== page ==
Another way to look at it is, if God says it’s OK, moral, than we believe it’s OK, moral, and act on it, creating a hell on earth for others, that they wouldn’t want to be subjected to, themselves. The outcome of the election spoke volumes, did it not?

          Liked by 1 person

    • To quote the New Testament:

      In fact, the law requires that nearly everything be cleansed with blood, and without the shedding of blood there is no forgiveness. [Hebrews 9:22]

      I gather it is to do with the blood containing the life force.

      Liked by 2 people

      • Well *why* does it have to be blood for goodness sake? Seems like god could have changed it to something easier…like perhaps leaves or plants (which have their own life force according to some), and this whole problem of having to murder people would be a non-issues. Perhaps He didn’t think of it. 😉

        Liked by 1 person

    • I don’t think Christians can get away with completely throwing out everything in the OT. I mean some of their favorite excuses for persecuting gay people are in there. Also some of their favorite excuses for denying evolution and the big bang are there too. But perhaps more importantly it is the Old Testament that prophesies the coming of the messiah. It’s the whole reason why Christians can just snatch away their old testament, and tell them that all Jews are going to hell for not believing that Jesus is the messiah foretold. If the OT is completely useless why not get rid of it? There is a lot of picking in choosing in that OT and it’s got all sorts of mixtures of love and violence to make you ready for any situation!

      Liked by 3 people

      • I shall rephrase: christians throw out the OT only when it’s convenient to them. 😀

        My mom, an extremely devout christian, does say the OT is completely irrelevant because jeebus fulfills the “new covenant.” She has not read the OT because it’s obsolete. In fact she’s only read the four gospels, and this is what she bases the truth of the bible on. She has no problem condemning homosexuality or women’s right (women are to submit to men). If anyone challenges her beliefs she’ll say, “it doesn’t matter what we as humans believe or if the bible contradicts itself. God is god and my church is the only true interpretation.”

        I once asked what would happen after death if the Jews ended up having the right interpretation of the bible. She said she’d deserve to burn in hell if that were the case, and she’d happily do it for being wrong. 😦

        Liked by 2 people

        • Wow. That makes me sad, because I am sure in some ways it’s hard to hear your mother say such nonsensical things, especially when those attitudes are harmful to others, and really not all that helpful for herself either. 😦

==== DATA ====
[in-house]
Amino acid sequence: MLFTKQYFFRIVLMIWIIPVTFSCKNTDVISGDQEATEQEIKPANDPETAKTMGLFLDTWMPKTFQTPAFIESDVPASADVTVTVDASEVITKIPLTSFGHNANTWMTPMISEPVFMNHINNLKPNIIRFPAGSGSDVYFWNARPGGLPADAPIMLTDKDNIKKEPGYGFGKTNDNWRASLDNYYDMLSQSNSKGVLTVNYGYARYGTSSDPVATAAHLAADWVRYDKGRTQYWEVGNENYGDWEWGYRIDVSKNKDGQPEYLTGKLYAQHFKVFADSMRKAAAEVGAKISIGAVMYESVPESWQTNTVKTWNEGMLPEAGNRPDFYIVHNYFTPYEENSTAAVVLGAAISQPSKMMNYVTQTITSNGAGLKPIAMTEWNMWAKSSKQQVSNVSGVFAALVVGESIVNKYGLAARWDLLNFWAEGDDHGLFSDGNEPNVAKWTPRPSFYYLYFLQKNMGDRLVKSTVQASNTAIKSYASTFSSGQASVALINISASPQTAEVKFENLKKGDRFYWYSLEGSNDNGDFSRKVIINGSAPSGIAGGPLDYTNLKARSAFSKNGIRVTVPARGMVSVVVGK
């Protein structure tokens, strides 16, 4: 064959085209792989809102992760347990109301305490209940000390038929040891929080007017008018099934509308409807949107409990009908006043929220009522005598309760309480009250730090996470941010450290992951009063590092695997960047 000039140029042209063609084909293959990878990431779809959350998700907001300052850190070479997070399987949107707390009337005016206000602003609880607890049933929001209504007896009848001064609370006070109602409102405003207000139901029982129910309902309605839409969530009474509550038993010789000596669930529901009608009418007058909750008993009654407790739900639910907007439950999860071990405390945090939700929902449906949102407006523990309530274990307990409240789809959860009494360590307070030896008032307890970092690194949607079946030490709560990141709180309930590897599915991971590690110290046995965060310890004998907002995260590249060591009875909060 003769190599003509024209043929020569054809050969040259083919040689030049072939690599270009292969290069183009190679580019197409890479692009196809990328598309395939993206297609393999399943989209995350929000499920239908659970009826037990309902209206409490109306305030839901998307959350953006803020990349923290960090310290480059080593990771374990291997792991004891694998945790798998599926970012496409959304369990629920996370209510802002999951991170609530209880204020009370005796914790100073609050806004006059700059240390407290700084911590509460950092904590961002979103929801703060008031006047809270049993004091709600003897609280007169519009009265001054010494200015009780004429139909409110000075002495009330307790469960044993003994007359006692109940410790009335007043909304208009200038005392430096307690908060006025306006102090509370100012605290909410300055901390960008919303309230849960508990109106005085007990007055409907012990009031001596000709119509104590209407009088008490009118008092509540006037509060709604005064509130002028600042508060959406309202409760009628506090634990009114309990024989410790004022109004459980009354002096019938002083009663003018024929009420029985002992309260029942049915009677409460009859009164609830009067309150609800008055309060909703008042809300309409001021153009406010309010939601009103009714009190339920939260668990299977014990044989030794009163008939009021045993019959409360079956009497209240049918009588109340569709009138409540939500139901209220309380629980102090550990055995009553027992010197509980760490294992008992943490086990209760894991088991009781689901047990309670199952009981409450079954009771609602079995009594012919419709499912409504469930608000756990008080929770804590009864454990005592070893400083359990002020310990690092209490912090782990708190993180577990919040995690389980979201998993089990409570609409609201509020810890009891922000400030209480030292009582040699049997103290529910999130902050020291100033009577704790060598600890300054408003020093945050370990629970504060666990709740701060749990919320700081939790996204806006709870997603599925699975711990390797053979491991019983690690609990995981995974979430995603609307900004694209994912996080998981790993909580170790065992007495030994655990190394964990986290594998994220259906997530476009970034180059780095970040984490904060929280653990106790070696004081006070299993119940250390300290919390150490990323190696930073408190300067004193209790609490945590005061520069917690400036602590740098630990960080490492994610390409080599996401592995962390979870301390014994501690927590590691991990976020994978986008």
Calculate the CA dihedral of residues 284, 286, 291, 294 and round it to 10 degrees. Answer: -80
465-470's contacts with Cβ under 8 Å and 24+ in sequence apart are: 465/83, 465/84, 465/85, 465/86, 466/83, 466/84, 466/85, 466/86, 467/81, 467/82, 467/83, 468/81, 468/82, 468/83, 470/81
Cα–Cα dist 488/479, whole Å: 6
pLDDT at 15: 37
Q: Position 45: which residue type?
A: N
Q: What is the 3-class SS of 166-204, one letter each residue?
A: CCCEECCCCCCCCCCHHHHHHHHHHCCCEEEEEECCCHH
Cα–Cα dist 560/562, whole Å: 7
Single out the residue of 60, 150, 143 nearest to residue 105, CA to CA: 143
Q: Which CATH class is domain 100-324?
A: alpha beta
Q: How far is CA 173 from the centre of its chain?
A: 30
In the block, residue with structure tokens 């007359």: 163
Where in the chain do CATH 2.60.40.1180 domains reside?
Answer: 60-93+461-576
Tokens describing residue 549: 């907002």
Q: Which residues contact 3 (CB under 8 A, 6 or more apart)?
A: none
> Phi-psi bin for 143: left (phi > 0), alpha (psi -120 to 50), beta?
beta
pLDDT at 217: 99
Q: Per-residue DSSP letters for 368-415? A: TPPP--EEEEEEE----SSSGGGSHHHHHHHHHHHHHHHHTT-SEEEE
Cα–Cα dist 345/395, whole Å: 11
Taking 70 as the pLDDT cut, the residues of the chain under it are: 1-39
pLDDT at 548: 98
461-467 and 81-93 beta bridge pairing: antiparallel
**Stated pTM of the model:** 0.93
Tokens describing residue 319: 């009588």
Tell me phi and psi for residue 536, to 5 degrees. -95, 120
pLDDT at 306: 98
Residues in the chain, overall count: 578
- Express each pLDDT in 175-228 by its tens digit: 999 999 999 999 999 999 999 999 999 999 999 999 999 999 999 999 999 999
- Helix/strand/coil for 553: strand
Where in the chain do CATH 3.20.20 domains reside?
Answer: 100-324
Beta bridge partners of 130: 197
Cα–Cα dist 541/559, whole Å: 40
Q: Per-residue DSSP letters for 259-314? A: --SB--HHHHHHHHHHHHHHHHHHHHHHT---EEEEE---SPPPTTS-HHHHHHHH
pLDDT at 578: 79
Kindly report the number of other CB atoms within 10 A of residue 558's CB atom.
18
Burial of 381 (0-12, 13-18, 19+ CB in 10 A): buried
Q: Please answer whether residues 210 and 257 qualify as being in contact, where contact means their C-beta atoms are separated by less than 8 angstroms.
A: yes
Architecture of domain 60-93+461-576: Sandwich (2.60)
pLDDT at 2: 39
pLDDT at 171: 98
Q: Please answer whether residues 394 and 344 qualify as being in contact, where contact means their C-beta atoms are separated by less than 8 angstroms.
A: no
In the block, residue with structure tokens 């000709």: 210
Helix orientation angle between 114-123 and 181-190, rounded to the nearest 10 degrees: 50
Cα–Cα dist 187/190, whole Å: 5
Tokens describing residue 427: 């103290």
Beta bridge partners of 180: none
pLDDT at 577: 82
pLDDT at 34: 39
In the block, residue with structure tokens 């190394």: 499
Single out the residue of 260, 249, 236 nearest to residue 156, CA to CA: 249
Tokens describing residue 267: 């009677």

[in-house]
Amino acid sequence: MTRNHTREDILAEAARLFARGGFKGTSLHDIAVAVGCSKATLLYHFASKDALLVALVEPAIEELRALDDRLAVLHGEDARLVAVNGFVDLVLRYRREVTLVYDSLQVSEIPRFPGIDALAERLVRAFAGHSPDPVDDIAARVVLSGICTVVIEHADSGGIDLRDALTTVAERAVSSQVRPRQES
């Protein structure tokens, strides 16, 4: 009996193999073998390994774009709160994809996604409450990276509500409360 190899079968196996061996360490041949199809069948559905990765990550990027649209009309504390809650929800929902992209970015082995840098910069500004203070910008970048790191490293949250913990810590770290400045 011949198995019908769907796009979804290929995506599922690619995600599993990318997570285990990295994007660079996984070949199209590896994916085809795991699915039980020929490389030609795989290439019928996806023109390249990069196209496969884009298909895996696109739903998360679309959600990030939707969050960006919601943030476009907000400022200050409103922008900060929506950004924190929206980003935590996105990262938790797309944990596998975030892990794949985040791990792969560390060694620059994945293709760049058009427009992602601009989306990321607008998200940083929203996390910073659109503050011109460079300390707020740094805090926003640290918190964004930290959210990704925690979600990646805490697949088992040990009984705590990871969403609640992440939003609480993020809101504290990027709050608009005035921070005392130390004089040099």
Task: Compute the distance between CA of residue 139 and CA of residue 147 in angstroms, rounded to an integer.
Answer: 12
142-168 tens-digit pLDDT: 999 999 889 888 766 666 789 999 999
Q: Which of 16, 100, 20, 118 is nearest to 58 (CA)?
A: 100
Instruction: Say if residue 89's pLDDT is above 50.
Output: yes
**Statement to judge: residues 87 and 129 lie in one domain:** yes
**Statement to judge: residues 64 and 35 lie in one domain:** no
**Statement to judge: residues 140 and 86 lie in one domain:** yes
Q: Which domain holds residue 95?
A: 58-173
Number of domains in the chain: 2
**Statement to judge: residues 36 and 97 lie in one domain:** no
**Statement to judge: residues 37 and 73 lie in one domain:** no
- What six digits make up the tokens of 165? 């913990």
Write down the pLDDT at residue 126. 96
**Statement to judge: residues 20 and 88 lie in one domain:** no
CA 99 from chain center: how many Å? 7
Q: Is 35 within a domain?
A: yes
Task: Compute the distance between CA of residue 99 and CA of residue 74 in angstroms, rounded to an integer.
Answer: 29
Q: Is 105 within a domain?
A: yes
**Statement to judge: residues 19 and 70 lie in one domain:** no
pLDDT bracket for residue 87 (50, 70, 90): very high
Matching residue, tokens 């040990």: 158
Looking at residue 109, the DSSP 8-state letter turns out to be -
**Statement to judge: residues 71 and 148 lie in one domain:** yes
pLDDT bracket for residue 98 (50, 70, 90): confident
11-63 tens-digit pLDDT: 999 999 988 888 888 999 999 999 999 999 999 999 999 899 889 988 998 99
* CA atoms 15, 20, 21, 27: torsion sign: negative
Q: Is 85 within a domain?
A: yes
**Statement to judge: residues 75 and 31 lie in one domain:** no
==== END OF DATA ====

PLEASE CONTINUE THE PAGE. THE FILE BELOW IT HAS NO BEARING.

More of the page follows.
Liked by 1 person

          • Her comment about her deserving hell if she were wrong about the bible made me burst into tears. I know my mother deeply believes I deserve to burn in hell for leaving the faith. She begs me daily not to make her watch me be tormented in the lake of fire for eternity. It’s very stressful for me. It’s also stressful to anyone who dares to believe differently than her. Tolerance is not something she’s known for.

            Liked by 2 people

            • I’m so sorry Violet. That mixture of positive emotions to the person who raised you, but the realization that while she might be loving you in her own way, it isn’t a healthy unconditional love is a terrible feeling. In some ways it is perhaps similar to what I feel as a child of an alcoholic. Alcohol just comes first as much as my dad says he loves me. It’s a difficult pill to swallow. For your mom, her beliefs about things on imaginary planes of existence come first and that’s just a feeling of suck that there is nothing you can do about. 😦

              Liked by 1 person

              • You’ve summed it up well, and I thank you for your empathetic words.

                There is a national support group for Children of Alcoholics, because the damage done can be so severe. They should add a group for the Children of the Devout.

                My mother is a good woman and raised me well, but her religion is toxic. Here in the midwest of the US these kinds of belief are common, and it is why I can’t lessen my stance that religion is *harmful.* Most people would say my mom is a nice older woman with nothing but love in her heart (and she does have a LOT of love)…but look deeper, and you’ll see an intolerance which is shocking.

                While I’m not willing to fight my own mother (who won’t change anyway), I can fight in other ways. I fight with my vote (didn’t work out so well this last time), with my online voice, and with my real life actions. We must find a way to stop this perpetuation of hate.

                Liked by 2 people

                • There should be indeed Violet. Your fight is definitely a worthy one. Perhaps there is a God, but any religion that portrays a God that doesn’t ask for love and empathy as a primary drive of it’s followers has got it all wrong.

                  Liked by 2 people

                  • John Zande (of WP fame) wrote a book called The Owner of All Infernal Names…it does a damn fine case of stating how if there is a god, he/she might indeed be malevolent. It’s a good book! I think Victoria has it linked on her main page.

                    Liked by 1 person

            • Perhaps you mother should read Revelation:

              “He will wipe every tear from their eyes.” (Revelation 21:4)